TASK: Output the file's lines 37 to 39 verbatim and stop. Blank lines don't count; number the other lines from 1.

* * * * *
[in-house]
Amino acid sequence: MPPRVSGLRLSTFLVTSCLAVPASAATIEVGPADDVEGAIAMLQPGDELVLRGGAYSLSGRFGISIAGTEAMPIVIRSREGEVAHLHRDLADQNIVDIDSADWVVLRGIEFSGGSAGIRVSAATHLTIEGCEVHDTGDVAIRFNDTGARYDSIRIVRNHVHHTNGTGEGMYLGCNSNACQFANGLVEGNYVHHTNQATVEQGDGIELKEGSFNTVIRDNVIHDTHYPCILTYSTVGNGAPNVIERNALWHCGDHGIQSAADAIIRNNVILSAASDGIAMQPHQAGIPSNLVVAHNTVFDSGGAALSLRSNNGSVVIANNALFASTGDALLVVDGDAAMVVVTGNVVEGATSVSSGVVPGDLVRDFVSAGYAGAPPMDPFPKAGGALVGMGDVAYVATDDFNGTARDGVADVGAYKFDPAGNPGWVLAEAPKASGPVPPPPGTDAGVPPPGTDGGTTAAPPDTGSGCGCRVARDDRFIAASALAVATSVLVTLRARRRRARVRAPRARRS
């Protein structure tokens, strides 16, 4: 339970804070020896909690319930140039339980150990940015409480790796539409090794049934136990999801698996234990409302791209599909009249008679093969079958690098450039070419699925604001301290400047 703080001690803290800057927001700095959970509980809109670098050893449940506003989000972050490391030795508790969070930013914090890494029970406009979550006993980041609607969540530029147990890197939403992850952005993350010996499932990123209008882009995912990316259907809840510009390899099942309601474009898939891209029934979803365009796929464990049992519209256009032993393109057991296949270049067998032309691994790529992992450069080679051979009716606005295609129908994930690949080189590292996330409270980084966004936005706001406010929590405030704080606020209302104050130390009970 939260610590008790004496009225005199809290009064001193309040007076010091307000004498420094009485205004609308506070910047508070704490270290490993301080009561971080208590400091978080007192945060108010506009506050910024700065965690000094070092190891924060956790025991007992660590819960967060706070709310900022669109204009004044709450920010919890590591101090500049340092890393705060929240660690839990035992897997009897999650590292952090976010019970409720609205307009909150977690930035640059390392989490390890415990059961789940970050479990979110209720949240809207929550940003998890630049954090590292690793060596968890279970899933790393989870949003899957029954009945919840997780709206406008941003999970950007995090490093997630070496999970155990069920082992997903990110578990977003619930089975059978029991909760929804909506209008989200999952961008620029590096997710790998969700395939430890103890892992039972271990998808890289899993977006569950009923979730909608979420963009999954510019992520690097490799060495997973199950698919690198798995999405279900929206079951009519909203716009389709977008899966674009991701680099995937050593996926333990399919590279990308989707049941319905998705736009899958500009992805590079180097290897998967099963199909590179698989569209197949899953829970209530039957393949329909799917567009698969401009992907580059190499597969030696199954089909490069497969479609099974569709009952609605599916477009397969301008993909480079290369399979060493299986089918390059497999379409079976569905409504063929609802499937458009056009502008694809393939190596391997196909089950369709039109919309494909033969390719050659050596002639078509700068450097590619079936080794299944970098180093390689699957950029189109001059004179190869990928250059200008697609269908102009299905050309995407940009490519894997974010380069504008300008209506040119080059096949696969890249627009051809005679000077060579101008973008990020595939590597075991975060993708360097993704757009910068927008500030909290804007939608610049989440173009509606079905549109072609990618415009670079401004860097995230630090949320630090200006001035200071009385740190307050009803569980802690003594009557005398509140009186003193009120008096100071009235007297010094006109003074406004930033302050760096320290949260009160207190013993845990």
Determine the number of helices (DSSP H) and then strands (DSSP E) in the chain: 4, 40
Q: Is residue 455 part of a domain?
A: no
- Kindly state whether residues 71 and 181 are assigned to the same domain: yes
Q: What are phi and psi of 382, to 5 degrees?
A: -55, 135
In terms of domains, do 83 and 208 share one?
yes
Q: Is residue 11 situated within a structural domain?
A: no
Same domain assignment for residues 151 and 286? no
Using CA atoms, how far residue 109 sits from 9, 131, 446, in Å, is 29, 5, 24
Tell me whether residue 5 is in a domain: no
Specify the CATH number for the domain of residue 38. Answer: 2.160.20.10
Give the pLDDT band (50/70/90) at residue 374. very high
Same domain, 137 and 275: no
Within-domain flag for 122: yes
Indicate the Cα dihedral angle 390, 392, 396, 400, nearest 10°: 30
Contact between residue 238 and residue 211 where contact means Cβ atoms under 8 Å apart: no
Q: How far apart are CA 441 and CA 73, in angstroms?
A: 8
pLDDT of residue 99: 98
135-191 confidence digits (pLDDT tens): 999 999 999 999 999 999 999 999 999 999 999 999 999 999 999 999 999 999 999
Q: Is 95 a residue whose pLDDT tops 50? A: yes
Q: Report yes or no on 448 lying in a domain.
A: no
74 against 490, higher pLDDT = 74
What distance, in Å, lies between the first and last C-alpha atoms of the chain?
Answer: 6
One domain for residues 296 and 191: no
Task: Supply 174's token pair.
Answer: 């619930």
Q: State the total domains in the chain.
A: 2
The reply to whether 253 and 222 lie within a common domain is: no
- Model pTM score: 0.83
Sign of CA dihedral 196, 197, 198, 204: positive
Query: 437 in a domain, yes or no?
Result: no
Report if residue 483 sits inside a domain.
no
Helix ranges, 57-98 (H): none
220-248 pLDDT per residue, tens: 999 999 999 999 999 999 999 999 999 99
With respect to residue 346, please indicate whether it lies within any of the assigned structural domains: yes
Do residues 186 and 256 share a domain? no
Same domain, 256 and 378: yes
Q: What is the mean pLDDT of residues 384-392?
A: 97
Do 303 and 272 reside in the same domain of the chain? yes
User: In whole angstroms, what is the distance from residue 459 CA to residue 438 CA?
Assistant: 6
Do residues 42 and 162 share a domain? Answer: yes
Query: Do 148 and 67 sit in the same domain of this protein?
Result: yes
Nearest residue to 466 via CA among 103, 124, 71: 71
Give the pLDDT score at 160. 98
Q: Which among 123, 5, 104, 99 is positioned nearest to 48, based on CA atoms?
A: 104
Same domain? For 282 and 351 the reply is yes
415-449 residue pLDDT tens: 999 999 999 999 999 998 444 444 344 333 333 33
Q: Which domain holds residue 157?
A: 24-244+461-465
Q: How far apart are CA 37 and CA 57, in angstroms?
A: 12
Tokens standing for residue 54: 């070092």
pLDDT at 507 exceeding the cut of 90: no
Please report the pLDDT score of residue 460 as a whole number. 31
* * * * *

A: 2
The reply to whether 253 and 222 lie within a common domain is: no
- Model pTM score: 0.83